Regents of the Old Men's Almshouse

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Portrait of The Regents of the Old Men's Almshouse Haarlem
18th-century copy by Wybrand Hendriks shows how much darker the painting has become over the centuries

The Regents of the Old Men's Almshouse is a regents group portrait of five regents and their servant painted by Frans Hals in 1664 for the Oude Mannenhuis in Haarlem, the Netherlands. It forms a pendant with the Regentesses of the Old Men's Almshouse.

Though it is no longer known which name belongs with which face, the regents portrayed were Jonas de Jong, Mattheus Everzwijn, Dr. Cornelis Westerloo, Daniel Deinoot and Johannes Walles.[1]

Frans Hals painted them in his "loose style", with rough brush strokes. The painting is traditionally dated 1664, though no archival evidence has yet been found to confirm this. The date is chosen as the middle of the term that the sitters served as regents. Though the paintings as pendants seem to belong together, they did not hang together, and as was the case in the St. Elisabeth hospital across the street, they probably each hung in a separate regents' meeting room; the one for the ladies in the ladies' meeting room and the one for the men in the men's meeting room.

The standing figure second from the right is holding out a piece of paper. He is older and wearing a collar that was long out of fashion by the 1660s. He is probably a valued servant or concierge, but his name has been lost. Seated next to him is a man wearing a floppy hat perched at an angle. His face appears distorted and some critics felt that Hals had lost his touch, while others believed the man had been drunk or suffered from nerve damage in the right half of his face, perhaps from a stroke. Whatever the case, the regents never complained about the painting and it is likely that they were satisfied with the commission they gave to the elderly Hals.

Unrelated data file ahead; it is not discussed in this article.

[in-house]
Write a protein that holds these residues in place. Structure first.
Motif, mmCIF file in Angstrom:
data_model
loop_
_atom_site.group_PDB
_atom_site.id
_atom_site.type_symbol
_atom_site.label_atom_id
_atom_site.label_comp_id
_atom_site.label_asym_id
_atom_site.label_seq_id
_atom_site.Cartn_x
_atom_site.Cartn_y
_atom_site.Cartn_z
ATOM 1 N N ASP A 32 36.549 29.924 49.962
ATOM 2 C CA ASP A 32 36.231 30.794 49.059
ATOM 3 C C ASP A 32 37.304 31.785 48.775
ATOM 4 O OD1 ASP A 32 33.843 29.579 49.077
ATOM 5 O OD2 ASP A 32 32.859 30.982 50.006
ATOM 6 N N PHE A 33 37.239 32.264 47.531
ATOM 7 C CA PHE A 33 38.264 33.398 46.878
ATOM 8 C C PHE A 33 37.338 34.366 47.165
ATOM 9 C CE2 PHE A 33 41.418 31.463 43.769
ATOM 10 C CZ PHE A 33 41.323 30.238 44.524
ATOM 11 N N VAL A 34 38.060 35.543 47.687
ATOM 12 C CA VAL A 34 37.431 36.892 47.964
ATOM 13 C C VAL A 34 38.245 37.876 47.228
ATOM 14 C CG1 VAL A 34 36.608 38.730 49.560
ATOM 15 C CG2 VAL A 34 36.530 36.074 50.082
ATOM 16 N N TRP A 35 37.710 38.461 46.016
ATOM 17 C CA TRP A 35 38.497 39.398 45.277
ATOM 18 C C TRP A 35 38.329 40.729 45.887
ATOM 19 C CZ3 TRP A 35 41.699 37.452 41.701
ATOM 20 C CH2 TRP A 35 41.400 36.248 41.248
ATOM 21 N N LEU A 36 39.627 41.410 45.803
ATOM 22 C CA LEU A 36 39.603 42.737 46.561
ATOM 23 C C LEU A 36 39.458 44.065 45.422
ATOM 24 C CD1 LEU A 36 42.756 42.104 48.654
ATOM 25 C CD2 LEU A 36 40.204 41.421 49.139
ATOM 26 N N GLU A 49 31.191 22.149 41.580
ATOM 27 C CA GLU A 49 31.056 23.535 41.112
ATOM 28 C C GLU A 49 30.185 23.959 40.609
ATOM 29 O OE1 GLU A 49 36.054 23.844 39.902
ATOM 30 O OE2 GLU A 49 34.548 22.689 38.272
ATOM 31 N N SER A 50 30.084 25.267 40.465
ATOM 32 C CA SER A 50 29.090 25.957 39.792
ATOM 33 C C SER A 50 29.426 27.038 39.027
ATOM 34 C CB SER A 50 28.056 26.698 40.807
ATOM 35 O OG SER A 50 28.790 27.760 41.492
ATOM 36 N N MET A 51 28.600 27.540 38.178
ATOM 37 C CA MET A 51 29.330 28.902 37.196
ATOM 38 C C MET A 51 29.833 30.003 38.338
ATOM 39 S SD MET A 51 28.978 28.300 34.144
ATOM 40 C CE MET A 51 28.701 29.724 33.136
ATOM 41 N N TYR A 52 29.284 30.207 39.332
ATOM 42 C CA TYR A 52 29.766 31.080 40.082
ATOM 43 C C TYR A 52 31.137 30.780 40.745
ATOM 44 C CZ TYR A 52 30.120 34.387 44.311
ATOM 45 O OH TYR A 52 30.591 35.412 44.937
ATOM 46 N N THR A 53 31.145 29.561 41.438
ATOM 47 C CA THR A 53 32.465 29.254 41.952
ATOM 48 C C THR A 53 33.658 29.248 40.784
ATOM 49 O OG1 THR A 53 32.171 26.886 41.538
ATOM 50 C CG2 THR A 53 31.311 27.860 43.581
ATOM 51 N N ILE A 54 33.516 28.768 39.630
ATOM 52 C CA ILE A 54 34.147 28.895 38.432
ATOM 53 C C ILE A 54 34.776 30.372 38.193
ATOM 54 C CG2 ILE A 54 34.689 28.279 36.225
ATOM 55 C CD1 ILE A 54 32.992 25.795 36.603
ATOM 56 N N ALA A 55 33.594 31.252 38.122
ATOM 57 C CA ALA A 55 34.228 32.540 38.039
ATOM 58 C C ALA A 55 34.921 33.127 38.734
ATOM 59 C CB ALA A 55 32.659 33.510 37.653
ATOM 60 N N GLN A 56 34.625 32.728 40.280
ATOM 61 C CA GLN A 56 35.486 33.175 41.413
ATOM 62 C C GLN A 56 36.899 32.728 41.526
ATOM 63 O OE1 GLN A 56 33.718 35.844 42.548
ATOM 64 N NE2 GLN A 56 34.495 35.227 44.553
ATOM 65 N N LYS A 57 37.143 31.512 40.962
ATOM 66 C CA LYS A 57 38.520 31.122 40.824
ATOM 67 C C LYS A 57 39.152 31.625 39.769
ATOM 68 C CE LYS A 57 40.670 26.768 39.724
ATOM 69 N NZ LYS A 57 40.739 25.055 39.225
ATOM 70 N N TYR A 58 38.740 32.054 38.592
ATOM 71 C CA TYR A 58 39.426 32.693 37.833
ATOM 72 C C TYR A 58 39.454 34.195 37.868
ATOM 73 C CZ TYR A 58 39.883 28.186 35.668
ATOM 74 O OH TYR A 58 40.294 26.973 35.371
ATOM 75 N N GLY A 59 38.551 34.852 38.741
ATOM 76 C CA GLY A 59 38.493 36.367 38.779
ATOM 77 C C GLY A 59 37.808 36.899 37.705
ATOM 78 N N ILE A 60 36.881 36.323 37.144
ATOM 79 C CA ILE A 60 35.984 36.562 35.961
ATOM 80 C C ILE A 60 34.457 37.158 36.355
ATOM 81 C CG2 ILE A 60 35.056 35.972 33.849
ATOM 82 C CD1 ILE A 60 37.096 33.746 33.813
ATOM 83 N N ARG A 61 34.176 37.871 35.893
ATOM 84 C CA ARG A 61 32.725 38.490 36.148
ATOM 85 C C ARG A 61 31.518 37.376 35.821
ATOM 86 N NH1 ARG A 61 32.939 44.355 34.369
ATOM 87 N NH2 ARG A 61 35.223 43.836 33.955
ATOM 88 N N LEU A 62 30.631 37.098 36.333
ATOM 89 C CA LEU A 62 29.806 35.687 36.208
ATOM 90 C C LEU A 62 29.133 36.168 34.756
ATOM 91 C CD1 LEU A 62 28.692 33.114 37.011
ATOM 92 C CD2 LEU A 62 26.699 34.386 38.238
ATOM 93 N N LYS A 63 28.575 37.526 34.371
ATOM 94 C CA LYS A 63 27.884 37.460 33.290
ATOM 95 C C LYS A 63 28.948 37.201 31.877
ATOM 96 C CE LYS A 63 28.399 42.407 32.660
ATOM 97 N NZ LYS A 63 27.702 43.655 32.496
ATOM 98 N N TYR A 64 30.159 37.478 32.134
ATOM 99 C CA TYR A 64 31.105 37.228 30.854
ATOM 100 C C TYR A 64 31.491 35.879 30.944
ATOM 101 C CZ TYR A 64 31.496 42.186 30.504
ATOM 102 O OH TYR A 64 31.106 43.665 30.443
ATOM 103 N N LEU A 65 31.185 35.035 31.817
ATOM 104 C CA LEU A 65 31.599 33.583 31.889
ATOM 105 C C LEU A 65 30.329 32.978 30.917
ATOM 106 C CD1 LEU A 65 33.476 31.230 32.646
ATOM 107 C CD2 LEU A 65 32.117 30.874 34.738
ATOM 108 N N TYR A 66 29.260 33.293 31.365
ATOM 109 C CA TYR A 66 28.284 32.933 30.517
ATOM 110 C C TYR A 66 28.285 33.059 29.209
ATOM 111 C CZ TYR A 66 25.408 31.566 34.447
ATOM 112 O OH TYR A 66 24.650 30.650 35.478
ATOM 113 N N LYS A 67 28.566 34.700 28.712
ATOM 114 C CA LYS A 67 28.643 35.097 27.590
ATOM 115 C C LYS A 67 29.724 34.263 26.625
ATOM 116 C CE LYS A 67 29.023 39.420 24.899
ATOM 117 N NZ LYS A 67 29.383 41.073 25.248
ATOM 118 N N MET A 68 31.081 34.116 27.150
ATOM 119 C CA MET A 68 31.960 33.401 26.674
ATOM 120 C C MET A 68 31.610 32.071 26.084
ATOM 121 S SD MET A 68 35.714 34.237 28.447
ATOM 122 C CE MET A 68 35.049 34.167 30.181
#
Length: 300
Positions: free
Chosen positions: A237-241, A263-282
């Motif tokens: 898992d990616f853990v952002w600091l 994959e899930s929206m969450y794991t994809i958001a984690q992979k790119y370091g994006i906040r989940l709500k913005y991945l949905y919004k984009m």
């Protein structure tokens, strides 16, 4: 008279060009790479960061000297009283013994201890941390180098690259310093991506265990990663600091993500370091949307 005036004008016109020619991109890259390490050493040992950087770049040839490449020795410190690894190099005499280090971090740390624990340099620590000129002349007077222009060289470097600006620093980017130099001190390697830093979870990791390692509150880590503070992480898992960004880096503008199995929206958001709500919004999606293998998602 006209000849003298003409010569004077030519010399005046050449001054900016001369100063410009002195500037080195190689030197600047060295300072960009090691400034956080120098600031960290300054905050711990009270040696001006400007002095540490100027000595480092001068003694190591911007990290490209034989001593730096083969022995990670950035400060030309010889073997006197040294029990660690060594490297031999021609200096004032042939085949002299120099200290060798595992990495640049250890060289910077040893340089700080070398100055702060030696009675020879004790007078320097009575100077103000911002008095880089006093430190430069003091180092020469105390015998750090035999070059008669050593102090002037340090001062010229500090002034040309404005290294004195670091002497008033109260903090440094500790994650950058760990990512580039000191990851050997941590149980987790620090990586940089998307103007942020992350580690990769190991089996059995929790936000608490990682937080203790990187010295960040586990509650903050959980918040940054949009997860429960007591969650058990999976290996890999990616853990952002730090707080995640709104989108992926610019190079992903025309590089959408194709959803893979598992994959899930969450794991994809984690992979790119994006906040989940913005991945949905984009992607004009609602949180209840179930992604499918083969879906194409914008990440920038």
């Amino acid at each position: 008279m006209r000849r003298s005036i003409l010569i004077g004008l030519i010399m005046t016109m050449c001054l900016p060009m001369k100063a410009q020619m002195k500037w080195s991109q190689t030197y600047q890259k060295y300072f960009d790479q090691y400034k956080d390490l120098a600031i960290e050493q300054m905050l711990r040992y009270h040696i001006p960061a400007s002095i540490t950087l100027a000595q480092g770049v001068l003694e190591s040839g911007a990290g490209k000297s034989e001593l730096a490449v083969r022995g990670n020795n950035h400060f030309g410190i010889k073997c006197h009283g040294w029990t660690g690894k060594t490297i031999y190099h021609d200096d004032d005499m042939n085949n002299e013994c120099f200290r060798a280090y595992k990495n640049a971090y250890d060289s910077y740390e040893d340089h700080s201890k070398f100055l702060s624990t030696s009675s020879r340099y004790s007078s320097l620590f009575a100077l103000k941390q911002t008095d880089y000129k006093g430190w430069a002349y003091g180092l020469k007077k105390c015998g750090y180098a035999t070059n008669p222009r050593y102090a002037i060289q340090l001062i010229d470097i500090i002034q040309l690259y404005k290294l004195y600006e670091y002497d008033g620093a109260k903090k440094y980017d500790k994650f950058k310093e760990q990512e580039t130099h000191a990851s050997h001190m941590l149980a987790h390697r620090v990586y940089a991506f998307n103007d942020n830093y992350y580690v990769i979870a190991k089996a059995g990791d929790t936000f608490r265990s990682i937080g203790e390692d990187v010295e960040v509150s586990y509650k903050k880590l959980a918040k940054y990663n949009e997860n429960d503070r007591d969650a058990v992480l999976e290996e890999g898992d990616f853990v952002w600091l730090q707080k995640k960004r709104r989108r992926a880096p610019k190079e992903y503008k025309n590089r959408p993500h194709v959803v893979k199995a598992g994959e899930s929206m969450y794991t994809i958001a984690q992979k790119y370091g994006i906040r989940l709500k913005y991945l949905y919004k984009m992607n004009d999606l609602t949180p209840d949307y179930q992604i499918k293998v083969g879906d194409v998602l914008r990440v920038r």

In the 19th century when Hals' loose brushwork became popular with impressionists, several copies were made of this painting.[2] A much earlier copy that was made in the 18th century shows how layers of varnish almost made the table disappear altogether over time.

Today the painting is considered one of the highlights of the Frans Hals Museum, which is housed in the same building for which it was originally commissioned. The complex has been unrecognizably rebuilt, however, and the painting no longer hangs in a specific place, but moves around according to various exhibition needs.

See also[edit]


  1. ^ Catalog number 86, Frans Hals, by Seymour Slive (editor), with contributions by Pieter Biesboer, Martin Bijl, Karin Groen and Ella Hendriks, Michael Hoyle, Frances S. Jowell, Koos Levy-van Halm and Liesbeth Abraham, Bianca M. Du Mortier, Irene van Thiel-Stroman, Prestel-Verlag, Munich & Mercatorfonds, Antwerp, 1989, ISBN 3791310321
  2. ^ 100 Jaar Frans Hals Museum, Antoon Erftemeijer, Frans Hals Museum, 2013